I wish I could post photos of the church's interior, but camera flashes are not allowed. Some frescoes have been damaged over the years by light, humidity, and human touch. If you're interested, I recommend you view some of them using the link I provided in the previous post. Still, that fails to provide the "full effect."

Nestled deep in the Lower Church is what remains of the opening of St. Benedict's cave, lit by 12 lamps representing the monasteries he founded. It is a place of profound peace, and I could not help but think of the life that has flowed from this "Rock" for 1,500 years. That includes the prayer and work of the five monks living at Sacro Speco, but also that of every monk throughout the world in the history of the Benedictine Order that has profoundly influenced not only Christianity but Western civilization.

One night, after Vespers and dinner (the food is outstanding here, too), I walked alone into the courtyard after a brief rainstorm. For some reason, I was drawn to a raised bed of roses, where I spotted at least a dozen snails. This struck me as funny because the dinner conversation (in Italian, so translated by Andy into English for me) had included the topic of snails. For at least 20 minutes, I stood and watched the snails, slowly doing what snails do, plugging away through the damp earth or clinging to the wet rocks, largely unnoticed.

At that moment, at least for me, and given the historic nature of my surroundings, I was struck by the myserious, plodding, clinging virtue of perseverance which even death cannot overtake. Over the years, the monks of Sacro Speco have been buried within the mountain--literally becoming part of a rock that still pours forth life 1,500 years after the time of St. Benedict.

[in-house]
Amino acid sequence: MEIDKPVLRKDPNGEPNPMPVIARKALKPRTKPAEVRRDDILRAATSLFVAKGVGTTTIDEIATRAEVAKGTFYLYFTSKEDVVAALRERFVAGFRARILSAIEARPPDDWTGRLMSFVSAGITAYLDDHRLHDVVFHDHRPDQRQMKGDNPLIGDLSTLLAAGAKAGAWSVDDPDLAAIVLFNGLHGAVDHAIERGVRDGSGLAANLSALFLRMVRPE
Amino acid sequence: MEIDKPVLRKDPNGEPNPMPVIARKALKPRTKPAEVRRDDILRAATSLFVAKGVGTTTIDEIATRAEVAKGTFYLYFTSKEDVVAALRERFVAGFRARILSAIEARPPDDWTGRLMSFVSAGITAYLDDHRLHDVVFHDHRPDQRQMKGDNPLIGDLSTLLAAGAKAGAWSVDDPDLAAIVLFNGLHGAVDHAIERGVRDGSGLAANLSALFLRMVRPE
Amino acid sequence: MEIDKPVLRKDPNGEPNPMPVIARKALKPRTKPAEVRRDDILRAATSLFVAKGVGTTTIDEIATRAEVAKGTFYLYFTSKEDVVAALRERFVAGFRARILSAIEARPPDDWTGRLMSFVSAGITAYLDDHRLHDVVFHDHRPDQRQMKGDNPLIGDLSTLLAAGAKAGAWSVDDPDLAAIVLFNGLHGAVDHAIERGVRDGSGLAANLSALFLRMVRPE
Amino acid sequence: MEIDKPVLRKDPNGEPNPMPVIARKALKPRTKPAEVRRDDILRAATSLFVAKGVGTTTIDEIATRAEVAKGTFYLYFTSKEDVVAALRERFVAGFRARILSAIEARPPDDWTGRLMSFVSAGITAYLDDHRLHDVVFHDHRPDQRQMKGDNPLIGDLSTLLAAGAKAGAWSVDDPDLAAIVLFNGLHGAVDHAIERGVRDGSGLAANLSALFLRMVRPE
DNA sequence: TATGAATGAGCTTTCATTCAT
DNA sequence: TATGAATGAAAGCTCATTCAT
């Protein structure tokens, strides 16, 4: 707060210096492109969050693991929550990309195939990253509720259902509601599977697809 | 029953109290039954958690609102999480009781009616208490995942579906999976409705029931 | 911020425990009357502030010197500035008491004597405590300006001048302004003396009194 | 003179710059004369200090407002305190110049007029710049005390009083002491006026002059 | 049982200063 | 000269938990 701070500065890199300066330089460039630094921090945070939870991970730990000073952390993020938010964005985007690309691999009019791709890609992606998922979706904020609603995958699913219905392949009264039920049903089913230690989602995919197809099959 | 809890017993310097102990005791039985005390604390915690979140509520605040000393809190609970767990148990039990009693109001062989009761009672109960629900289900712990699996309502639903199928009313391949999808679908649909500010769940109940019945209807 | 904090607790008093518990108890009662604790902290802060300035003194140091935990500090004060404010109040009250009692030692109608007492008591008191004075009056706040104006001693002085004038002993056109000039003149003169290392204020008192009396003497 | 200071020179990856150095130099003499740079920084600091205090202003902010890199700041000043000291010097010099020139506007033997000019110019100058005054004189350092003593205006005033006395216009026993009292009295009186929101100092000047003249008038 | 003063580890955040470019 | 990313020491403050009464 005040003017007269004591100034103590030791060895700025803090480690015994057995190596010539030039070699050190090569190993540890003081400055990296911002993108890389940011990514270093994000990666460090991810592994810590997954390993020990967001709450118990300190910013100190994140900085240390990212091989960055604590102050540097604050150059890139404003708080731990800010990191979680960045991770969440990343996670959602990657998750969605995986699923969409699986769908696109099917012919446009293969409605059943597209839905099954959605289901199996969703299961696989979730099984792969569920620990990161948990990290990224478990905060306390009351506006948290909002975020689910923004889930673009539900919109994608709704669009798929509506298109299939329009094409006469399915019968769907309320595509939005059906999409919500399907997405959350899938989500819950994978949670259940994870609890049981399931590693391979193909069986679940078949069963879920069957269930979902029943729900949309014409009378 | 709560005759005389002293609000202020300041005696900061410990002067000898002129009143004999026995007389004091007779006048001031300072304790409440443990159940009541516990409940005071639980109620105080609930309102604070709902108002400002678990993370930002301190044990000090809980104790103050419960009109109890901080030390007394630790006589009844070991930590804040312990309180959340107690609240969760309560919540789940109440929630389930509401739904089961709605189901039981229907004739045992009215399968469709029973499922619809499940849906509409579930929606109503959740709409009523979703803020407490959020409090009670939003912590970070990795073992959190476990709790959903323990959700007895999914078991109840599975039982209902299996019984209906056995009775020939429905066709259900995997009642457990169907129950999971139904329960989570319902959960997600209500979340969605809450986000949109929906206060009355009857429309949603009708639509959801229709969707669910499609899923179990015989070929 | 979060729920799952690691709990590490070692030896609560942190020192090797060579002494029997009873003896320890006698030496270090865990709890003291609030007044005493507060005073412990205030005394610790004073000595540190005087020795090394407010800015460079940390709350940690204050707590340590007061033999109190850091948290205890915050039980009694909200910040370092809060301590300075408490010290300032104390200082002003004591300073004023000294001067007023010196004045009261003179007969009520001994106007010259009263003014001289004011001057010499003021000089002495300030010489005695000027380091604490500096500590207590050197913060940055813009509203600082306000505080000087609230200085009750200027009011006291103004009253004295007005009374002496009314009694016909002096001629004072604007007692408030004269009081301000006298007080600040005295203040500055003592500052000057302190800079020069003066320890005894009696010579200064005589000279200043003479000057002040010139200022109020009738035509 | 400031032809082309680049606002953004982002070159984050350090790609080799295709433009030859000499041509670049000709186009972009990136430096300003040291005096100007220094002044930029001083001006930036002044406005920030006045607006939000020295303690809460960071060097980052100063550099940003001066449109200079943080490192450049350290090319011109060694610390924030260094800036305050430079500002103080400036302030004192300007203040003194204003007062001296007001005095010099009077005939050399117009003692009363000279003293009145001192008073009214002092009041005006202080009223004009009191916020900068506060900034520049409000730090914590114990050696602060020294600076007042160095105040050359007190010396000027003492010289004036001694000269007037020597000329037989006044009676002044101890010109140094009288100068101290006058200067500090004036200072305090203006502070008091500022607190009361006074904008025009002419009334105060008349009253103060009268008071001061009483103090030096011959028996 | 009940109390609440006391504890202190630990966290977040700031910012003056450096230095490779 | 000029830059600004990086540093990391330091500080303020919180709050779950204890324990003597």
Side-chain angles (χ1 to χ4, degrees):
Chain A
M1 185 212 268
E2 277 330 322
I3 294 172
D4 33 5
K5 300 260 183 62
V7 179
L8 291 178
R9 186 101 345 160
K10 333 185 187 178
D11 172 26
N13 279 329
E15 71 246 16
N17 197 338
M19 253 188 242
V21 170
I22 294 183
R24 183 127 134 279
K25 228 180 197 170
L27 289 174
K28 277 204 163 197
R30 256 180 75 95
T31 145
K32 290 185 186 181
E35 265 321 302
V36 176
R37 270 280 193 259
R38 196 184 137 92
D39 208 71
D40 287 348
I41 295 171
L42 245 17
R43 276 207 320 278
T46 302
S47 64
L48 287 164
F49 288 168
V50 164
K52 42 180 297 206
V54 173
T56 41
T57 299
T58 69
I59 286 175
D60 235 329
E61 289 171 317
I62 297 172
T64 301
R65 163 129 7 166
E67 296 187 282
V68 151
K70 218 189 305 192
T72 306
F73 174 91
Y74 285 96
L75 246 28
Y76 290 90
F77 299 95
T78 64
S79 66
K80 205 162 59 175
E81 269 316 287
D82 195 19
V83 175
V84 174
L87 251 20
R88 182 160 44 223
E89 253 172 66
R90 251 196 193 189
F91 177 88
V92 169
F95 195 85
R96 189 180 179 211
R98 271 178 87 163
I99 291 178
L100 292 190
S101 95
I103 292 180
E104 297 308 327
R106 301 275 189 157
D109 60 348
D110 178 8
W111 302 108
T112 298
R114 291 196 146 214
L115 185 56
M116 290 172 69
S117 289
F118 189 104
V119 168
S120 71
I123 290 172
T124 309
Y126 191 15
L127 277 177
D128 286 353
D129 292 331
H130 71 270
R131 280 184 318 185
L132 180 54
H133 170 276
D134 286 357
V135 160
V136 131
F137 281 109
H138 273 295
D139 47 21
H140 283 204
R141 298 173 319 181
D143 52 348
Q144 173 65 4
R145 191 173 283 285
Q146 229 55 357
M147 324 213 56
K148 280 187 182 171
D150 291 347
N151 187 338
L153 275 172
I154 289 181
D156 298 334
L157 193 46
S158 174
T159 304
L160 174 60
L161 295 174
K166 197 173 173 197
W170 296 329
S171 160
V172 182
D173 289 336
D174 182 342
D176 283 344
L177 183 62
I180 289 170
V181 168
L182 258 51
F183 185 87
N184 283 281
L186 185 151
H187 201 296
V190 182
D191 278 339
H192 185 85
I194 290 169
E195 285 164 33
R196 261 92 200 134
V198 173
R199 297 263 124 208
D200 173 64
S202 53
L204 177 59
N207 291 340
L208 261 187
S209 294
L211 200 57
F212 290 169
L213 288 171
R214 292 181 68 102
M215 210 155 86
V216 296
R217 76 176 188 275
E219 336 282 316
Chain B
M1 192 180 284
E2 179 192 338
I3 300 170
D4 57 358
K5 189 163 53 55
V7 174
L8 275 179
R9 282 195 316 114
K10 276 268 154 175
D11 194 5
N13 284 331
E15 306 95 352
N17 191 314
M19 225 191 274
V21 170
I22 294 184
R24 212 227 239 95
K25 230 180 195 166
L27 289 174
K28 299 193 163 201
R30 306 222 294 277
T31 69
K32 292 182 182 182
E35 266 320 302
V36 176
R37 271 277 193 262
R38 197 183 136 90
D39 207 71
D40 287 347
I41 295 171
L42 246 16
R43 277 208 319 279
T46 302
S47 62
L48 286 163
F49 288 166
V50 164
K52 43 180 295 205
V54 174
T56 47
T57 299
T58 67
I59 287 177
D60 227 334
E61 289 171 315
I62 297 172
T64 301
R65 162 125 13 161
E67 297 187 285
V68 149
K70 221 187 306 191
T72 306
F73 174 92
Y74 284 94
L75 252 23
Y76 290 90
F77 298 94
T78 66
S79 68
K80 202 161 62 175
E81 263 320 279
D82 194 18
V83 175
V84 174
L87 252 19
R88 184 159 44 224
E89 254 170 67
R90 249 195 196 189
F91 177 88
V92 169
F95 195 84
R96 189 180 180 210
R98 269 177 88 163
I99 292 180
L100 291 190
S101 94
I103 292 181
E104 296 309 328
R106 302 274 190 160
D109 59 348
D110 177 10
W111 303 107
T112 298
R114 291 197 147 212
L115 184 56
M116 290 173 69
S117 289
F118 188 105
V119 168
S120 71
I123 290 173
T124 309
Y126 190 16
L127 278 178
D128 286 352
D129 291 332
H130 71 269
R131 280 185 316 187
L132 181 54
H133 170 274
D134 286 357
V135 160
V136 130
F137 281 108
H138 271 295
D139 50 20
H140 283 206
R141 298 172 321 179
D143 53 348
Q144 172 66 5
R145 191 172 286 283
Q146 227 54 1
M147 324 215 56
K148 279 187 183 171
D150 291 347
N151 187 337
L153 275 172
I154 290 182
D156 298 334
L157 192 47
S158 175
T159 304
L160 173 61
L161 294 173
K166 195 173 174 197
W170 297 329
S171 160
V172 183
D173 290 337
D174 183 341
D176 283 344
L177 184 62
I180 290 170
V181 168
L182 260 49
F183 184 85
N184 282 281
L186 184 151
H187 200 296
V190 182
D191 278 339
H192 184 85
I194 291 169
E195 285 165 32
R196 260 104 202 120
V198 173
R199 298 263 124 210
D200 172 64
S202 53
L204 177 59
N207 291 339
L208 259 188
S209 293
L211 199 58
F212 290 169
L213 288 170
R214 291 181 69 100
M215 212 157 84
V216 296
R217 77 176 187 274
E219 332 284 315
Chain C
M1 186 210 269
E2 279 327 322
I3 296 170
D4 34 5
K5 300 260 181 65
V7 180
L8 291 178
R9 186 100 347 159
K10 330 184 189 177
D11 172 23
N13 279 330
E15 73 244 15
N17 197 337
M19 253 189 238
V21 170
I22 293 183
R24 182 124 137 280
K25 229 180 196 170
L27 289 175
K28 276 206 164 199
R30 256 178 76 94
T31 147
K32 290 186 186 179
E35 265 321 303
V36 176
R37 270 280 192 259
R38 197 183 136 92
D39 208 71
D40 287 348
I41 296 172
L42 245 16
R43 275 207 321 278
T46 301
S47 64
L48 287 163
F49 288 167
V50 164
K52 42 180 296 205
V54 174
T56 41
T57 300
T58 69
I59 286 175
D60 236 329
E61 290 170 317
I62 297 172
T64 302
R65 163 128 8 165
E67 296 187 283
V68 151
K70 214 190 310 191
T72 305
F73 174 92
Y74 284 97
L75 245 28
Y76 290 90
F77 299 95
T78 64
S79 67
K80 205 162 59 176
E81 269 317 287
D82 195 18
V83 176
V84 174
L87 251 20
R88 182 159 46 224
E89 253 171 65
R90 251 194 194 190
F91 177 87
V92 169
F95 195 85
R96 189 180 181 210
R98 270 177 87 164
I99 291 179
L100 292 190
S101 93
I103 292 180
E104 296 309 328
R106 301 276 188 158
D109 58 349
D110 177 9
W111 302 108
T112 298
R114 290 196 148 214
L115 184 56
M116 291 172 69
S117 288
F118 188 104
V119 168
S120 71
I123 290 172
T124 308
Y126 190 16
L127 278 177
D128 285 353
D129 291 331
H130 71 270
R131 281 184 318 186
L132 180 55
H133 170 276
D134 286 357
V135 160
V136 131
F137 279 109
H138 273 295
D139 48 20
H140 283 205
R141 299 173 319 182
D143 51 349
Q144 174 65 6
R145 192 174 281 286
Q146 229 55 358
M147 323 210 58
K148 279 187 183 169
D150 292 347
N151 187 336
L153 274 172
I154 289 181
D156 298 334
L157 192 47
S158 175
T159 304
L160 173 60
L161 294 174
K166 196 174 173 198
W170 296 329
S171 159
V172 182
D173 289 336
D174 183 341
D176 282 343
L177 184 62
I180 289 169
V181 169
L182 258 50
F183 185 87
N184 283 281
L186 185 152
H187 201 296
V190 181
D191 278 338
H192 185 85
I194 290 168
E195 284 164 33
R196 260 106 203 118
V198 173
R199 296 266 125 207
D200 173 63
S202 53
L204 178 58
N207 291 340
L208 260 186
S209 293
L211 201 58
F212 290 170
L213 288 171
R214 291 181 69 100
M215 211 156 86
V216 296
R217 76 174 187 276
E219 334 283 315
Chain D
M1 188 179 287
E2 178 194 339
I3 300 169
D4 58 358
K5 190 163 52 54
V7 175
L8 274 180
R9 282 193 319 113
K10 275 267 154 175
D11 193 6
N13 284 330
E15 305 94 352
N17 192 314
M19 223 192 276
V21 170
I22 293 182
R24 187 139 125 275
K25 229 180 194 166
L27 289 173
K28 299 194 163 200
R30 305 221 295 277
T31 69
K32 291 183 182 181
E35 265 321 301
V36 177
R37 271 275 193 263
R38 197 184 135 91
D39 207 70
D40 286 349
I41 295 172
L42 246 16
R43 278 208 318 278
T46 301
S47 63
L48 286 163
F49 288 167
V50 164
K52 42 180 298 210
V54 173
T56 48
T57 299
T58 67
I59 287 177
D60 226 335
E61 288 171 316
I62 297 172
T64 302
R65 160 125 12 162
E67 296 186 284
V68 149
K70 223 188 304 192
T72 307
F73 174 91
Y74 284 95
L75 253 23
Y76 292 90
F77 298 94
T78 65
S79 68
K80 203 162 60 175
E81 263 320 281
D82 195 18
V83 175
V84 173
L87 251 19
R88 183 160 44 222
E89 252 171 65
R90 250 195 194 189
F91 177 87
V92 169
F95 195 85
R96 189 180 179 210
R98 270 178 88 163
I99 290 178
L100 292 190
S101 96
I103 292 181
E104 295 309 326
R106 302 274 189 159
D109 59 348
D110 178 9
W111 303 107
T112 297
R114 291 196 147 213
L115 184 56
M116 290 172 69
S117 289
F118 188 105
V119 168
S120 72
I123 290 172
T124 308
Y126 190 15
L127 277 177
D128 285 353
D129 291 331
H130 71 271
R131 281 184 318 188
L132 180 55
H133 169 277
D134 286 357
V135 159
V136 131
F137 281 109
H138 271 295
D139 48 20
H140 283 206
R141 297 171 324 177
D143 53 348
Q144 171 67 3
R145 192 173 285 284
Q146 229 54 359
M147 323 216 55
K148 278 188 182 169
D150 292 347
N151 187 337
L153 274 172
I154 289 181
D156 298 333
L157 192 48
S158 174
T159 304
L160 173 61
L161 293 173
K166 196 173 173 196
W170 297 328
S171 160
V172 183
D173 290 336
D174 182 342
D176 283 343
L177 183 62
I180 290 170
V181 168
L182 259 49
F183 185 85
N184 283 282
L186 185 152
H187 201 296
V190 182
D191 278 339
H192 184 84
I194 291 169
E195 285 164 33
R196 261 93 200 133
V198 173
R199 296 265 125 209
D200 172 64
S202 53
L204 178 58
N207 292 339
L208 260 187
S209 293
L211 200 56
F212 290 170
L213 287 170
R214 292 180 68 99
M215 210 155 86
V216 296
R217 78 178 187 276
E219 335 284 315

Originally, I was only going to stay at Sacro Speco one night. I ended up staying an extra day. I did not realize until I arrived how much I needed the rest and peace the place offered.

On the second day, the other intern (Eli, from Guatemala) and I hiked down to the valley and the Anio River to the waterfall, which I have included a picture of. It speaks for itself. (Then we had to hike back UP the hill!)

On Tuesday, I ran into some good fortune, or providence, whichever you prefer. I was going to head back to Rome on my own this time via the bus and subway (as I said, still a little daunting to me). However, a group from Rome's Lay Centre (mostly Americans from New Jersey) had arrived for a tour. The priest traveling with the group is a Benedictine monk and the prior of Sant' Anselmo where I have been staying in Rome -- Fr. Elias (his home monastery is also in New Jersey). There was extra room on the group's bus, so I was offered a ride back to Rome, which I accepted. First though, the group stopped for lunch (pasta and lamb!) at the excellent restaurant/hotel run by St. Scholastica. No one would let me pay even for an after-dinner cup of coffee!

On Wednesday, the group's leader told me, they are all going to the Pope's general audience at St. Peter's. They have an extra ticket, and asked me to join them--so tomorrow it's off to the Vatican!